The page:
Nonlinear and linearised primal and dual initial boundary value problems: When are they bounded? How are they connected?

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7 Citations (Scopus)

Abstract

Linearisation is often used as a first step in the analysis of nonlinear initial boundary value problems. The linearisation procedure frequently results in a confusing contradiction where the nonlinear problem conserves energy and has an energy bound but the linearised version does not (or vice versa). In this paper we attempt to resolve that contradiction and relate nonlinear energy conserving and bounded initial boundary value problems to their linearised versions and the related dual problems. We start by showing that a specific skew-symmetric form of the primal nonlinear problem leads to energy conservation and a bound. Next, we show that this specific form together with a non-standard linearisation procedure preserves these properties for the new slightly modified linearised problem. We proceed to show that the corresponding linear and nonlinear dual (or self-adjoint) problems also have bounds and conserve energy due to this specific formulation. Next, the implication of the new formulation on the choice of boundary conditions is discussed. A straightforward nonlinear and linear analysis may lead to a different number and type of boundary conditions required for an energy bound. We show that the new formulation sheds some light on this contradiction. We conclude by illustrating that the new continuous formulation automatically leads to energy stable and energy conserving numerical approximations for both linear and nonlinear primal and dual problems if the approximations are formulated on summation-by-parts form.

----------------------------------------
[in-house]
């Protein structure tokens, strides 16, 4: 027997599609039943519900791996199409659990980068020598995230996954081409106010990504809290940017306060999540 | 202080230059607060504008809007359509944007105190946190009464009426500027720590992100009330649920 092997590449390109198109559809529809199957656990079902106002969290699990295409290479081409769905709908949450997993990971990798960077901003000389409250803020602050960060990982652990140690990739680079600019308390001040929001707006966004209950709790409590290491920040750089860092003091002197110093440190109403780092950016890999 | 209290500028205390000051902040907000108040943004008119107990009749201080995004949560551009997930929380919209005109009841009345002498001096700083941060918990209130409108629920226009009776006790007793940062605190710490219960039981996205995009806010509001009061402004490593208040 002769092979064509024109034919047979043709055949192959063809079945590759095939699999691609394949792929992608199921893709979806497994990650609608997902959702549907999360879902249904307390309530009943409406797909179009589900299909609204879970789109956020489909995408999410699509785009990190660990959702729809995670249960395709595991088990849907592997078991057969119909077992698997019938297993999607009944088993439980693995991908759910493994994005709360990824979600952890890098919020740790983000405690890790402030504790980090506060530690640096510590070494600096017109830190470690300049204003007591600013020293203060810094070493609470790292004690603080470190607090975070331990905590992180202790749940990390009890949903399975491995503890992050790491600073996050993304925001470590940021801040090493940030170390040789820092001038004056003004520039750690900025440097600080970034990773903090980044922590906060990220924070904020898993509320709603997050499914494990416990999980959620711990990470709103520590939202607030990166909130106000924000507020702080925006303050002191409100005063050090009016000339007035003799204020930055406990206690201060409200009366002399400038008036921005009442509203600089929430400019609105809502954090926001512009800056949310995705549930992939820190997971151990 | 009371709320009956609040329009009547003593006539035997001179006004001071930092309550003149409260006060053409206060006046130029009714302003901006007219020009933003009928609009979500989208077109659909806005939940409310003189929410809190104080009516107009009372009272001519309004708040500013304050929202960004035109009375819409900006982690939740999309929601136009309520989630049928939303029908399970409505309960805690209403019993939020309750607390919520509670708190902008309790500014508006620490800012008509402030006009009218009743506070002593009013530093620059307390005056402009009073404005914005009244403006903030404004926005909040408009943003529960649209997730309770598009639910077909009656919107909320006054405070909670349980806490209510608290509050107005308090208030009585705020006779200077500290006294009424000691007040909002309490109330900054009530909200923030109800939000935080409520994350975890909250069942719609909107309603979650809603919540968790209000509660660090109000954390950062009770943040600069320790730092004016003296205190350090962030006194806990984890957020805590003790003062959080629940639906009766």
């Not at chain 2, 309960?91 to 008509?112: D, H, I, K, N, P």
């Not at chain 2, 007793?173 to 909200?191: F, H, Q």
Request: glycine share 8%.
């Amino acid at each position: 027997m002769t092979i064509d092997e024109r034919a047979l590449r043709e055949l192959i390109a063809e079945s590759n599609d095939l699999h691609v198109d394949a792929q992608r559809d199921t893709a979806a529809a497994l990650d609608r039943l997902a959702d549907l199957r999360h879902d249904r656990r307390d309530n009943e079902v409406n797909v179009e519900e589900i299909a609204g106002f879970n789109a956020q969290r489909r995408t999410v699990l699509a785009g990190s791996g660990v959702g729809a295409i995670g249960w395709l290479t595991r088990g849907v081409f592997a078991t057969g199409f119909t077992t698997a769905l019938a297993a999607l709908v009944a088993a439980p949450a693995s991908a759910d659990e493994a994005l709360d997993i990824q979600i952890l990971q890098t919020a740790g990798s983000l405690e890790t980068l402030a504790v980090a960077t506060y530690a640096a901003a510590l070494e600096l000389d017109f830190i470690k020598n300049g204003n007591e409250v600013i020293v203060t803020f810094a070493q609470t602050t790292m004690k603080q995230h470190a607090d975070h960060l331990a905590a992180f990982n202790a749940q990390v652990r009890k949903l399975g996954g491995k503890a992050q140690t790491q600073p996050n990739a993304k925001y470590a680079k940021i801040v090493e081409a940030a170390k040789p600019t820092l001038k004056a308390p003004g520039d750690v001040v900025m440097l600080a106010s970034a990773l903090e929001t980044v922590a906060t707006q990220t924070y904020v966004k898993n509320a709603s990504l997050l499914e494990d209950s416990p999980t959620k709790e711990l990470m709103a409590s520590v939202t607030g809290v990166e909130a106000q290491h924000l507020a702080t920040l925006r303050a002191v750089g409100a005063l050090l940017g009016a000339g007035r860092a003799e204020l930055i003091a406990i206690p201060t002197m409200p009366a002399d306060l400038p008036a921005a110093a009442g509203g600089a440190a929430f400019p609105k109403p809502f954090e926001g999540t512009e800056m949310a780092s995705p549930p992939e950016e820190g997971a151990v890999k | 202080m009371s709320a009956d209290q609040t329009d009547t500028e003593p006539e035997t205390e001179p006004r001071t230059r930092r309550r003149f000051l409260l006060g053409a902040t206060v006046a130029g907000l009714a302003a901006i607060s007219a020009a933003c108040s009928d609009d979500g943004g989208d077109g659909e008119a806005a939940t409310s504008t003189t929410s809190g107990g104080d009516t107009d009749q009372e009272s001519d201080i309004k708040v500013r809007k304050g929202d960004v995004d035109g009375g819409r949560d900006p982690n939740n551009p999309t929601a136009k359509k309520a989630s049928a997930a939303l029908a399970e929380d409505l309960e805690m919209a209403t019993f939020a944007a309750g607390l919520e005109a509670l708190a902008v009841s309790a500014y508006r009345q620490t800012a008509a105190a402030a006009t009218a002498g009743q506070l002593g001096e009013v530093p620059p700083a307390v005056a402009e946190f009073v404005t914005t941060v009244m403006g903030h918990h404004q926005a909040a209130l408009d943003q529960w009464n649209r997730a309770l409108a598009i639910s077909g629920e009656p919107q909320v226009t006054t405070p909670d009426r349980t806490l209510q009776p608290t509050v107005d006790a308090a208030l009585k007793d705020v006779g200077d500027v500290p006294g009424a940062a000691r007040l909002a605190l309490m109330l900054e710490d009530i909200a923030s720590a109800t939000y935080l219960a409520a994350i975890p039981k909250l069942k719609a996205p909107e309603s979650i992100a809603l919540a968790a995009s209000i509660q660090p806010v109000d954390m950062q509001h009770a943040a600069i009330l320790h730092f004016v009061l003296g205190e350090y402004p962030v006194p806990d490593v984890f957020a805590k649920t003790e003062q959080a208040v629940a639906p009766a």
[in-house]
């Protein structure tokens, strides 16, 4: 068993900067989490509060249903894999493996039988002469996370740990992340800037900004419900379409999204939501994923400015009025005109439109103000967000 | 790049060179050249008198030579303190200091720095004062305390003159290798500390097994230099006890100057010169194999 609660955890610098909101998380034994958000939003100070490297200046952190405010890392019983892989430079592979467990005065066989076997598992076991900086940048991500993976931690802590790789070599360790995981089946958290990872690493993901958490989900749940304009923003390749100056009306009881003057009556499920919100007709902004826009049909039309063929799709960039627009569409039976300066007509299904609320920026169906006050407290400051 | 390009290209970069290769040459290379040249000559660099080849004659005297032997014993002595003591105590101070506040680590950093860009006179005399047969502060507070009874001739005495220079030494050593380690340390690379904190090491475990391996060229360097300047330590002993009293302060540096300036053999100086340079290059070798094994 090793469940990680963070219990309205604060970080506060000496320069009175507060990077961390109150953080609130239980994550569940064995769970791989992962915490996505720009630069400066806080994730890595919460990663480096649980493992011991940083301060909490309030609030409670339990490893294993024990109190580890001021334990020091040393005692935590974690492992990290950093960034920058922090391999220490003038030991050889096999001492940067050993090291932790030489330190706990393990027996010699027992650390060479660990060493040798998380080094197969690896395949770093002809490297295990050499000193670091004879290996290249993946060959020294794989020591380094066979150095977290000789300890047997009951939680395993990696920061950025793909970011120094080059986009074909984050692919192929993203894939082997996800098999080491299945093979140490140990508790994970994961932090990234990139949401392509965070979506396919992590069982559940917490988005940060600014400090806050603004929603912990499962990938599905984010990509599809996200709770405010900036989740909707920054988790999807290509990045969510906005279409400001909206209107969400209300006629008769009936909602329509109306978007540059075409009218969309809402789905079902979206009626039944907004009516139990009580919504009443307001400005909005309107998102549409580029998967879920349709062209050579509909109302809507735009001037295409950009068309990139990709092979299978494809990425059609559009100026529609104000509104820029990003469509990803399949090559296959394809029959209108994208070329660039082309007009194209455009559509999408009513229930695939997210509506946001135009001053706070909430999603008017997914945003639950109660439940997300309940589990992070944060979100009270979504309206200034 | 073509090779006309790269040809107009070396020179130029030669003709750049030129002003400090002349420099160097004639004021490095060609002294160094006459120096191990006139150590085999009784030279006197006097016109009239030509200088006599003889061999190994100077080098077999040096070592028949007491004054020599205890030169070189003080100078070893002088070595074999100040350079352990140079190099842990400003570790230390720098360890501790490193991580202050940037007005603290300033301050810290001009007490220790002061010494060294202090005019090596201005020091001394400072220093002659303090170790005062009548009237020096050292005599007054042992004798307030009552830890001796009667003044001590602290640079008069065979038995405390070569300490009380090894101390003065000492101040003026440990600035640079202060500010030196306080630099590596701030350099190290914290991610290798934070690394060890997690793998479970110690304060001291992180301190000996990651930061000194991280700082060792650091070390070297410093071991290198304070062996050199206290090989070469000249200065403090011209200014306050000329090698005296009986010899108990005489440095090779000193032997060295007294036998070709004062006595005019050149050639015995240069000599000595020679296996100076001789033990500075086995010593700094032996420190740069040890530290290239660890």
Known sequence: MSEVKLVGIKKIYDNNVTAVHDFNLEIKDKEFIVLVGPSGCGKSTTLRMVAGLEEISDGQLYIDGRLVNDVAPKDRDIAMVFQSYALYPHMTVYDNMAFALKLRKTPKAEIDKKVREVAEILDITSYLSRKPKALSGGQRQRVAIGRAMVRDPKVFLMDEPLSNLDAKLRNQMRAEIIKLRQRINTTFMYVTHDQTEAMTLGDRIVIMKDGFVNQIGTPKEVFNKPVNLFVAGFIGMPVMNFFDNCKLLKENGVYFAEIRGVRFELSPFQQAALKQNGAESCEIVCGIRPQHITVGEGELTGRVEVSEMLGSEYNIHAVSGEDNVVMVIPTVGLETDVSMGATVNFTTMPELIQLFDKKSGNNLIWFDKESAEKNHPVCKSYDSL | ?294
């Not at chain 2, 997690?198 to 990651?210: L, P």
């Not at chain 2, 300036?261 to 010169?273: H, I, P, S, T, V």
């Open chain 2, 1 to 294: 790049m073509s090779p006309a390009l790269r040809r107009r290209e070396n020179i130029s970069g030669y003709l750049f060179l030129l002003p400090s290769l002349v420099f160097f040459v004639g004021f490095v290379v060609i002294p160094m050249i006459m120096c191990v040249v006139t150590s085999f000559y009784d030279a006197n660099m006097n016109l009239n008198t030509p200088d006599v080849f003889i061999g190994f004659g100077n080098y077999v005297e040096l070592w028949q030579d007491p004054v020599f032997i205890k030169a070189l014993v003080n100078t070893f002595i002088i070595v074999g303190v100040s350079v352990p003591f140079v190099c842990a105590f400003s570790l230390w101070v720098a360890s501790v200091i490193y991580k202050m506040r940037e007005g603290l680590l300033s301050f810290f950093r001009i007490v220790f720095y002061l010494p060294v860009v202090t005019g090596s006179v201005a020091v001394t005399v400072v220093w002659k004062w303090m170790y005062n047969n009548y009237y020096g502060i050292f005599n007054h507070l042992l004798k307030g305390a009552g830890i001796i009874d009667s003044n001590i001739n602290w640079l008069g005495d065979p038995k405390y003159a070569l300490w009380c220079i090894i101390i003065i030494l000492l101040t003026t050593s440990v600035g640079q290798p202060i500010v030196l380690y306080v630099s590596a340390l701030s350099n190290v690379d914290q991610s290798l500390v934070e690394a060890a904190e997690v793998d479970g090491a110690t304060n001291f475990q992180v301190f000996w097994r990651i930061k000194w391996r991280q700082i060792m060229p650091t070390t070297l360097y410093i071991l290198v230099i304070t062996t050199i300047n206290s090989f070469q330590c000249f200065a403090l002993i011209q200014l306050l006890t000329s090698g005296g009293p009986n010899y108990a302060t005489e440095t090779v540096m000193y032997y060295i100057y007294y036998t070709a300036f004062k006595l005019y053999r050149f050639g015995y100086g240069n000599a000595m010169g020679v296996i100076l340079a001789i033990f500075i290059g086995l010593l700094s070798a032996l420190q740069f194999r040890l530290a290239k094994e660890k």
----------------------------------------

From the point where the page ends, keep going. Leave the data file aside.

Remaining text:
Original languageEnglish
Article number111001
JournalJournal of Computational Physics
Volume455
DOIs
Publication statusPublished - 15 Apr 2022

Keywords

  • Dual problems
  • Energy stability
  • Linearisation procedure
  • Nonlinear initial boundary value problems
  • Skew-symmetric formulation
  • Summation-by-parts

ASJC Scopus subject areas

  • Numerical Analysis
  • Modeling and Simulation
  • Physics and Astronomy (miscellaneous)
  • General Physics and Astronomy
  • Computer Science Applications
  • Computational Mathematics
  • Applied Mathematics

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